Unexpected commodity deliveries and corn silage transitions made October interesting for the Penn State Dairy Herd.
Haylage shrink of 22% keeps the PSU Dairy on their toes but setting goals and making a plan of action keeps milk production going strong.
The heat and corn silage changes take a toll on milk production and dry matter intake at the Penn State Dairy Barn.
Fresh dairy cattle sometimes need a little extra TLC. Moving cows too early can hurt milk production.
Changes in forages result in pleasant component increases.
Balanced rations for lactating dairy cows only work if ingredients are mixed properly.
A decrease in milk butterfat sends the alarm but is the diet to blame?
The Penn State dairy herd feeds sorghum-sudan silage for the first time with success.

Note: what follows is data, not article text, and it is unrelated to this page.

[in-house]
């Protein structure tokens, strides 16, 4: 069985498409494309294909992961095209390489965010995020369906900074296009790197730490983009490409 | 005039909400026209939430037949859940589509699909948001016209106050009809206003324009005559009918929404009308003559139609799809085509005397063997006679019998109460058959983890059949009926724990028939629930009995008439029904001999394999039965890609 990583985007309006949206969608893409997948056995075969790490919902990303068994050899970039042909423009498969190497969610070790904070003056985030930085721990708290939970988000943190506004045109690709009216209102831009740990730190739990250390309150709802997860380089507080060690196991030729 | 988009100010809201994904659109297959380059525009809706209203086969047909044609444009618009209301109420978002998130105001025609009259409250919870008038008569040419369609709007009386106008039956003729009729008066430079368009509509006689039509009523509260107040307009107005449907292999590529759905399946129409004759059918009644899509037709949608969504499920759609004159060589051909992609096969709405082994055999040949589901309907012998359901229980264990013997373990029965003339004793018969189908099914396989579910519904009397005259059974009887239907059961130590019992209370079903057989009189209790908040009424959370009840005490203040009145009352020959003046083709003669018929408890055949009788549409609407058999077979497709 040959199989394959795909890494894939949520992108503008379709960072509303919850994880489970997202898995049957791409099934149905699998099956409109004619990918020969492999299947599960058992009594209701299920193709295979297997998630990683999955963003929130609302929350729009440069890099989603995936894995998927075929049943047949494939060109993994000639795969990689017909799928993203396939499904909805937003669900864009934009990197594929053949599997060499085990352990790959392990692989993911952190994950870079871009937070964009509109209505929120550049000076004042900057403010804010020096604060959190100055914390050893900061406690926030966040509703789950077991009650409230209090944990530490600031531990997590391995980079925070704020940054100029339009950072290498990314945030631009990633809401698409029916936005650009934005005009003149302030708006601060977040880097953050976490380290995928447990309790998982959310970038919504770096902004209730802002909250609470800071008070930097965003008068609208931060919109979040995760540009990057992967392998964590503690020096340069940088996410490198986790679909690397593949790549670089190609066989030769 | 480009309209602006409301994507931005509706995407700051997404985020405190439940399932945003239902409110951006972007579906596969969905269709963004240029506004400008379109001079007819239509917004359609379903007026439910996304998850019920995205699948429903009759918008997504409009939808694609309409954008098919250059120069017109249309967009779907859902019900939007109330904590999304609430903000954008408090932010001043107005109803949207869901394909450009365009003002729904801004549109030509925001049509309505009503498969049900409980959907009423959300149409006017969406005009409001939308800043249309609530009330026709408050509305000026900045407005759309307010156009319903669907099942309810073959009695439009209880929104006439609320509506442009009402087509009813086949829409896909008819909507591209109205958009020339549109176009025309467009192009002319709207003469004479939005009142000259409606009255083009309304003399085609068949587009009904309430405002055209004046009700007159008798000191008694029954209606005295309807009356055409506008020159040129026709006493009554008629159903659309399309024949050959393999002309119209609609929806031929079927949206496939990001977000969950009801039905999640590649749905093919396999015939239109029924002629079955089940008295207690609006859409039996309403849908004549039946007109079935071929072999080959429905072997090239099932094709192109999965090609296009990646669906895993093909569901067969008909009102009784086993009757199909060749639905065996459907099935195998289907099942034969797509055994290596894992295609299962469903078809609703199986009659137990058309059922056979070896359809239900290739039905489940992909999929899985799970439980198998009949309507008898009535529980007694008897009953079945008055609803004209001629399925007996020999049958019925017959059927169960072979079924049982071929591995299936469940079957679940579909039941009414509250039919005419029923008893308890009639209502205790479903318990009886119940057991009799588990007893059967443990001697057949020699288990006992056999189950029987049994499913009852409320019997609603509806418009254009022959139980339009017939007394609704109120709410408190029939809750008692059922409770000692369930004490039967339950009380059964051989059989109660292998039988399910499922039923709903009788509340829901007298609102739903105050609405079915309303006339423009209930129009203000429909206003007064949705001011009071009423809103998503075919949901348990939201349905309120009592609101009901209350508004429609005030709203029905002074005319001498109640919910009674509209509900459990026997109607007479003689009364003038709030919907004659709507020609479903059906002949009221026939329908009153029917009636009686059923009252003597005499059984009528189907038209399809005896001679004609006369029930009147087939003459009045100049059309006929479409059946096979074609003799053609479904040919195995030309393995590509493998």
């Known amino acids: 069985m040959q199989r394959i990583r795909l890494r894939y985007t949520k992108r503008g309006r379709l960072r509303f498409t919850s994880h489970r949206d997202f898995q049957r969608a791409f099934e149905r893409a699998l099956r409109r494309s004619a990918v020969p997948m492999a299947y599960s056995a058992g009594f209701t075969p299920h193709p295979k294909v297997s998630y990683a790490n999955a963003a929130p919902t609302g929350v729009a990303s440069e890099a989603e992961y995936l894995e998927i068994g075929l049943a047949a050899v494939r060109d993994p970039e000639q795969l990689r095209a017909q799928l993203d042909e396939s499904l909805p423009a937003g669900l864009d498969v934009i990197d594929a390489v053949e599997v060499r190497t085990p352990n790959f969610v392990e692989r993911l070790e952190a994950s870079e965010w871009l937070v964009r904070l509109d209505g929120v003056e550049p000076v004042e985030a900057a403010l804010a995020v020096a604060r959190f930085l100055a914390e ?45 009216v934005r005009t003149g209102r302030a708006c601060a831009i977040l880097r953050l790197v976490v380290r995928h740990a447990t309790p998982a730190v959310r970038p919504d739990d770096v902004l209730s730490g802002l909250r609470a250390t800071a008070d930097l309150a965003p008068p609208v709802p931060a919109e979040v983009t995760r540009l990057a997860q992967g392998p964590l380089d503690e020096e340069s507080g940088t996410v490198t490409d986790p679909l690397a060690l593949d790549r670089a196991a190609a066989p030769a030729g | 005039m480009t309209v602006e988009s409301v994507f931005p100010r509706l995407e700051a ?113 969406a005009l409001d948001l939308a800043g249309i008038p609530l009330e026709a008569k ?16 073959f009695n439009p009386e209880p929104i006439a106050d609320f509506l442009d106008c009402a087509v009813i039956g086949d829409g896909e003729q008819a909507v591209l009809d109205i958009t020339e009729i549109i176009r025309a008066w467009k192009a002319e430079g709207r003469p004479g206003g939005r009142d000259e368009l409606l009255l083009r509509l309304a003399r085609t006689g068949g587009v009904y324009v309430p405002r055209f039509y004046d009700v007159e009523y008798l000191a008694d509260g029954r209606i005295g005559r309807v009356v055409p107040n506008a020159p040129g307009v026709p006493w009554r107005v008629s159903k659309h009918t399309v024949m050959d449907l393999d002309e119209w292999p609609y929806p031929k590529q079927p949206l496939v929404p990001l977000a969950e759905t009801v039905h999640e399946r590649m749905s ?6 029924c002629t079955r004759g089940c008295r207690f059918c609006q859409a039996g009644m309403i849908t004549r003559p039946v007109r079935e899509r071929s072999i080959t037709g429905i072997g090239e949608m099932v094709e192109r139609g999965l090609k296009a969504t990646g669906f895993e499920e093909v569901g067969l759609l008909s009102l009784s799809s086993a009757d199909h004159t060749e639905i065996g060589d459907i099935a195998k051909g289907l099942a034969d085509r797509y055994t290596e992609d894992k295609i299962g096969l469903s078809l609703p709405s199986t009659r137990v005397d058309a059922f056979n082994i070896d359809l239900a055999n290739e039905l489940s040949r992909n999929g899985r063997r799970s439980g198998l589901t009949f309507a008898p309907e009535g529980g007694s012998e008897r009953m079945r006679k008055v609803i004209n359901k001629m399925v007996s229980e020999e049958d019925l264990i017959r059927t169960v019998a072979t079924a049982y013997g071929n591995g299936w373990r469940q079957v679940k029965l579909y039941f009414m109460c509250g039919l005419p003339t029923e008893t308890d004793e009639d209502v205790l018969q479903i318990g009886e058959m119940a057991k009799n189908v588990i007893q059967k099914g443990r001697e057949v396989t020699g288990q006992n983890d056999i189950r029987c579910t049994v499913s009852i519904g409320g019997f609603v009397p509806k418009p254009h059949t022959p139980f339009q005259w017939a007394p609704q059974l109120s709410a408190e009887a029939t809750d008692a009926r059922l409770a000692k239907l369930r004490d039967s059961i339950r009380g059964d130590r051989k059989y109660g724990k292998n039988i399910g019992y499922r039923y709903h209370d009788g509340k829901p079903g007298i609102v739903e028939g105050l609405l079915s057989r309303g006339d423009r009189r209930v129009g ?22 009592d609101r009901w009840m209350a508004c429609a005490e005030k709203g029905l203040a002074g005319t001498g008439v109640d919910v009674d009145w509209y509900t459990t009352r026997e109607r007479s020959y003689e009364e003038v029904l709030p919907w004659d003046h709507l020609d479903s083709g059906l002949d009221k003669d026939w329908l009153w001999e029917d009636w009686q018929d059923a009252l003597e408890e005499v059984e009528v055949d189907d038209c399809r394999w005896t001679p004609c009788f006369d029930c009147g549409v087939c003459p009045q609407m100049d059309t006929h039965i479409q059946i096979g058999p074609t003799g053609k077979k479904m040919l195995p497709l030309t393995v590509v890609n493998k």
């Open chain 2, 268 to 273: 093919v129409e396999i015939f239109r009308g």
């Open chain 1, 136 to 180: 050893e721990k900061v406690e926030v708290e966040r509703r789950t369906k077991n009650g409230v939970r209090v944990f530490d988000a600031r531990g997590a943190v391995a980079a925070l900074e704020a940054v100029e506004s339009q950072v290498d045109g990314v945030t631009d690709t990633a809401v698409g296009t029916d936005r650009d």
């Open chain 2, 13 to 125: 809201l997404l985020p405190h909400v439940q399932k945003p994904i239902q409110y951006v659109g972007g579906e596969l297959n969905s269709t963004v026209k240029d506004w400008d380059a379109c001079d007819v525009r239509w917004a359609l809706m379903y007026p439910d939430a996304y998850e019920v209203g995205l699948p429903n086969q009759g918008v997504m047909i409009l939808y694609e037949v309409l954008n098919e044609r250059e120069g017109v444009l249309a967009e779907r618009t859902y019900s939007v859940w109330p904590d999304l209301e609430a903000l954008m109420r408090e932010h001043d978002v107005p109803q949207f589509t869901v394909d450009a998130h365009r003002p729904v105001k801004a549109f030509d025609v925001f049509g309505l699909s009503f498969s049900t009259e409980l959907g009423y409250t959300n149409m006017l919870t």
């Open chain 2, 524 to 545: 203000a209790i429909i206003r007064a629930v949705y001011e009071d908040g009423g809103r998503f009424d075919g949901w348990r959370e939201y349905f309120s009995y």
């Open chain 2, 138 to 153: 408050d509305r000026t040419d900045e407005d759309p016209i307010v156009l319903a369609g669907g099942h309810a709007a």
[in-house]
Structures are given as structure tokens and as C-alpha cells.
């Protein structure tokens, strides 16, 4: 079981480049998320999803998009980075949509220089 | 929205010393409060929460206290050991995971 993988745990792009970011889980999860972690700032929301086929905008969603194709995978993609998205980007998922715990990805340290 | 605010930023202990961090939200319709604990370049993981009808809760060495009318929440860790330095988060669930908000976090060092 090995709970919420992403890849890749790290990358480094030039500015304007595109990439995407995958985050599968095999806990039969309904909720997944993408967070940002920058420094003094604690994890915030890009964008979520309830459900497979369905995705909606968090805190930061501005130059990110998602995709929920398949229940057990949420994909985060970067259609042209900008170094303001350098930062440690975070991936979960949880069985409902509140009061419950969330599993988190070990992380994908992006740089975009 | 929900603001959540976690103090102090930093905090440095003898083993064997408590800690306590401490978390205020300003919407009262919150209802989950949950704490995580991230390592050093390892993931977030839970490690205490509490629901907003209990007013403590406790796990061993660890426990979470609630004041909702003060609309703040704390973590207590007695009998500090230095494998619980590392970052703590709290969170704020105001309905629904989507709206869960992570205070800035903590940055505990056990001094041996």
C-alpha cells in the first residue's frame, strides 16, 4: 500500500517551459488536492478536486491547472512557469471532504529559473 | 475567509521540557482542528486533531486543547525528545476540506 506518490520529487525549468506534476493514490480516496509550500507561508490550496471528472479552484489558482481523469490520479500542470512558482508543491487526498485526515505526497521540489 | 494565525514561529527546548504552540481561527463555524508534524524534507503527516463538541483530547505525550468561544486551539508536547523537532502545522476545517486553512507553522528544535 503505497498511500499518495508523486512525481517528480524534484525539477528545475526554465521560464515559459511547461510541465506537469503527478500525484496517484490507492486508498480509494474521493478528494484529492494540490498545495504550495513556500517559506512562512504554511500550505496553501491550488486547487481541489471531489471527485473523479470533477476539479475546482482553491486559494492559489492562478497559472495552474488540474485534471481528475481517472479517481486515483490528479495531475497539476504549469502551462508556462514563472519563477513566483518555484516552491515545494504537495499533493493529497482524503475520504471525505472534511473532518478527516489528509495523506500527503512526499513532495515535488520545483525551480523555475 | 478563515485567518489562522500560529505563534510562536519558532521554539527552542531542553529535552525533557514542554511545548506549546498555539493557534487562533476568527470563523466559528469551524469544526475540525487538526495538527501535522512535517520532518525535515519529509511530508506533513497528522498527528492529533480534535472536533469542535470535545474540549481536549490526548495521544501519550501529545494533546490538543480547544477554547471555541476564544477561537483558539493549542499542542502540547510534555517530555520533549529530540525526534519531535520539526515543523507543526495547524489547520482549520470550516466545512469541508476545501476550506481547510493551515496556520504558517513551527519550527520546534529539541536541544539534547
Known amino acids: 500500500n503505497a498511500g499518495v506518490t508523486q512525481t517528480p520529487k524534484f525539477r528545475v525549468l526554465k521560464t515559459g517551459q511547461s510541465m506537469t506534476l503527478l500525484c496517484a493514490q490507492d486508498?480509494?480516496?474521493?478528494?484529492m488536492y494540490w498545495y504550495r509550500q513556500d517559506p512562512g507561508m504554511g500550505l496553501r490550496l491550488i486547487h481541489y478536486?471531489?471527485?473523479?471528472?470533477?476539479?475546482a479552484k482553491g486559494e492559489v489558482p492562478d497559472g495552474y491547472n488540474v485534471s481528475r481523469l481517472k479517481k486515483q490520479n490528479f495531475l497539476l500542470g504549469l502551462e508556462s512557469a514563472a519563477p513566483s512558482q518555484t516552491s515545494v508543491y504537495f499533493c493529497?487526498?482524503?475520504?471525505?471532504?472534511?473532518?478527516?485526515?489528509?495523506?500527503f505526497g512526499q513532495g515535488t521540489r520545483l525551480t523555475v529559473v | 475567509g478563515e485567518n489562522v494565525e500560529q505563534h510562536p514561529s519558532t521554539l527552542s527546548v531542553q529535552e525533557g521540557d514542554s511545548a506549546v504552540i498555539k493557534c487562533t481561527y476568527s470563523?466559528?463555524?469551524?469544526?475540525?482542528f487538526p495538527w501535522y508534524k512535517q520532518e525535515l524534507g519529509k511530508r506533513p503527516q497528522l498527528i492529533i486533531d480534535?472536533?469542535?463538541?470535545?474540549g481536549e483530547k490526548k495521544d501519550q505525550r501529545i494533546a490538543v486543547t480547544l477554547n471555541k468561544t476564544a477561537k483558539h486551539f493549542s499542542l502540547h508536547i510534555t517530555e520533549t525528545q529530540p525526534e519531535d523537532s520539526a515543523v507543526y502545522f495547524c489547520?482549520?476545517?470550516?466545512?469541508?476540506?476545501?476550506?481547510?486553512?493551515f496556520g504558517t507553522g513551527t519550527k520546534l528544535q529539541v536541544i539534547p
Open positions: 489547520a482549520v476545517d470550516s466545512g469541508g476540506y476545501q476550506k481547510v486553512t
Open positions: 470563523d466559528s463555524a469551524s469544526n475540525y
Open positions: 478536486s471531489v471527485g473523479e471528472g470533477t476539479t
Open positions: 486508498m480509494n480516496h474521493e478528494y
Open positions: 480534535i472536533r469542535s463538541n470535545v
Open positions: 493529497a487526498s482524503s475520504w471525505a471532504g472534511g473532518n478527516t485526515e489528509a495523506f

Careful planning keeps milk production high when the Penn State Dairy transitions to new corn silage.
Improvements in forage quality, feed management and labor management equates to a productive Penn State dairy herd.
Corn silage quality changes more than the weather at the Penn State Dairy Farm.
Crows are not dumb birds.
Transition to 2012 early corn silage results in drops in milk production and fat test.
Poor maintenance can reduce efficiency of ventilation systems by as much as 40 percent.
New products will be adding processing capacity to the Northeast region. What opportunities exist for dairy producers?
Manure digesters will become more common on our dairy farms in the future, perhaps driven by odor control more than anything else.
In addition to cooling, shade, and ventilation, strategic adjustments to diet formulation and feeding management can help cows to better cope with extreme weather conditions.
Research shows how lameness can contribute to reproductive problems that drain profits
Designed and managed properly freestall shelters can be a good fit on productive dairy farms.
Since we cannot predict prices of energy in the future, we need to prepare for fluctuations in prices of the various energy sources.